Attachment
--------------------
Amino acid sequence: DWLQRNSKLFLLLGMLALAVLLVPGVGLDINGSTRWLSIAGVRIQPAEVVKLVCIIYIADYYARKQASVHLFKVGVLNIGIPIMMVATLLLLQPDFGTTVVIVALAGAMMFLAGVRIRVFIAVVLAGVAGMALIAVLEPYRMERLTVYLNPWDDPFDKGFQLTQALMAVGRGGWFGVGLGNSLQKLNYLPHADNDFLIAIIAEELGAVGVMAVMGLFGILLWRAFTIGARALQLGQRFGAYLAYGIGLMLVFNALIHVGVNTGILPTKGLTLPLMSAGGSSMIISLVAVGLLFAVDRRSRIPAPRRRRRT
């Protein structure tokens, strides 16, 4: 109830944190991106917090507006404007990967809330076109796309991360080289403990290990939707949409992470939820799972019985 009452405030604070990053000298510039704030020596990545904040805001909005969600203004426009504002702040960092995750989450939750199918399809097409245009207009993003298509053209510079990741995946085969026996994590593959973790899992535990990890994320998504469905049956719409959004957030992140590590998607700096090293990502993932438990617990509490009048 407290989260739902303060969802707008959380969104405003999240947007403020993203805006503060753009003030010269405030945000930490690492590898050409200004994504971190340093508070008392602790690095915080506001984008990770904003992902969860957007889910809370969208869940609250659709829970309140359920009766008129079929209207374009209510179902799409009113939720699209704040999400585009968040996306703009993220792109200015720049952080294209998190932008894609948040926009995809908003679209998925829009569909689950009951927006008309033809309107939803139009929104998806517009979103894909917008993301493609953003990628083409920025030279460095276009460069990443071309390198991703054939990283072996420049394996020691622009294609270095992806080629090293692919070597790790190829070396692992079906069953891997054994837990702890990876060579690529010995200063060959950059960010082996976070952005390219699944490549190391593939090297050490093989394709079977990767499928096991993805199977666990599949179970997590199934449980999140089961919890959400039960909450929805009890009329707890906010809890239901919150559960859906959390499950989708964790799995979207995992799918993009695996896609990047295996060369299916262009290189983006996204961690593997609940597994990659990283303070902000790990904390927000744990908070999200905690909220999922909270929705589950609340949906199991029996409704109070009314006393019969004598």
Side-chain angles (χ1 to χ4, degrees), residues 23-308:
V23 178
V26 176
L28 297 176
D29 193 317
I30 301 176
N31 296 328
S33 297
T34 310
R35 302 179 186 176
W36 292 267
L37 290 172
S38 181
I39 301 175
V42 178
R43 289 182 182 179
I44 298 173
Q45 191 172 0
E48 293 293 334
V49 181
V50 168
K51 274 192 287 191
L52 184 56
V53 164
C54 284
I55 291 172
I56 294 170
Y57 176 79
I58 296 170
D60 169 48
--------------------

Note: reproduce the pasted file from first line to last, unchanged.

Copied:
Amino acid sequence: DWLQRNSKLFLLLGMLALAVLLVPGVGLDINGSTRWLSIAGVRIQPAEVVKLVCIIYIADYYARKQASVHLFKVGVLNIGIPIMMVATLLLLQPDFGTTVVIVALAGAMMFLAGVRIRVFIAVVLAGVAGMALIAVLEPYRMERLTVYLNPWDDPFDKGFQLTQALMAVGRGGWFGVGLGNSLQKLNYLPHADNDFLIAIIAEELGAVGVMAVMGLFGILLWRAFTIGARALQLGQRFGAYLAYGIGLMLVFNALIHVGVNTGILPTKGLTLPLMSAGGSSMIISLVAVGLLFAVDRRSRIPAPRRRRRT
């Protein structure tokens, strides 16, 4: 109830944190991106917090507006404007990967809330076109796309991360080289403990290990939707949409992470939820799972019985 009452405030604070990053000298510039704030020596990545904040805001909005969600203004426009504002702040960092995750989450939750199918399809097409245009207009993003298509053209510079990741995946085969026996994590593959973790899992535990990890994320998504469905049956719409959004957030992140590590998607700096090293990502993932438990617990509490009048 407290989260739902303060969802707008959380969104405003999240947007403020993203805006503060753009003030010269405030945000930490690492590898050409200004994504971190340093508070008392602790690095915080506001984008990770904003992902969860957007889910809370969208869940609250659709829970309140359920009766008129079929209207374009209510179902799409009113939720699209704040999400585009968040996306703009993220792109200015720049952080294209998190932008894609948040926009995809908003679209998925829009569909689950009951927006008309033809309107939803139009929104998806517009979103894909917008993301493609953003990628083409920025030279460095276009460069990443071309390198991703054939990283072996420049394996020691622009294609270095992806080629090293692919070597790790190829070396692992079906069953891997054994837990702890990876060579690529010995200063060959950059960010082996976070952005390219699944490549190391593939090297050490093989394709079977990767499928096991993805199977666990599949179970997590199934449980999140089961919890959400039960909450929805009890009329707890906010809890239901919150559960859906959390499950989708964790799995979207995992799918993009695996896609990047295996060369299916262009290189983006996204961690593997609940597994990659990283303070902000790990904390927000744990908070999200905690909220999922909270929705589950609340949906199991029996409704109070009314006393019969004598």
Side-chain angles (χ1 to χ4, degrees), residues 23-308:
V23 178
V26 176
L28 297 176
D29 193 317
I30 301 176
N31 296 328
S33 297
T34 310
R35 302 179 186 176
W36 292 267
L37 290 172
S38 181
I39 301 175
V42 178
R43 289 182 182 179
I44 298 173
Q45 191 172 0
E48 293 293 334
V49 181
V50 168
K51 274 192 287 191
L52 184 56
V53 164
C54 284
I55 291 172
I56 294 170
Y57 176 79
I58 296 170
D60 169 48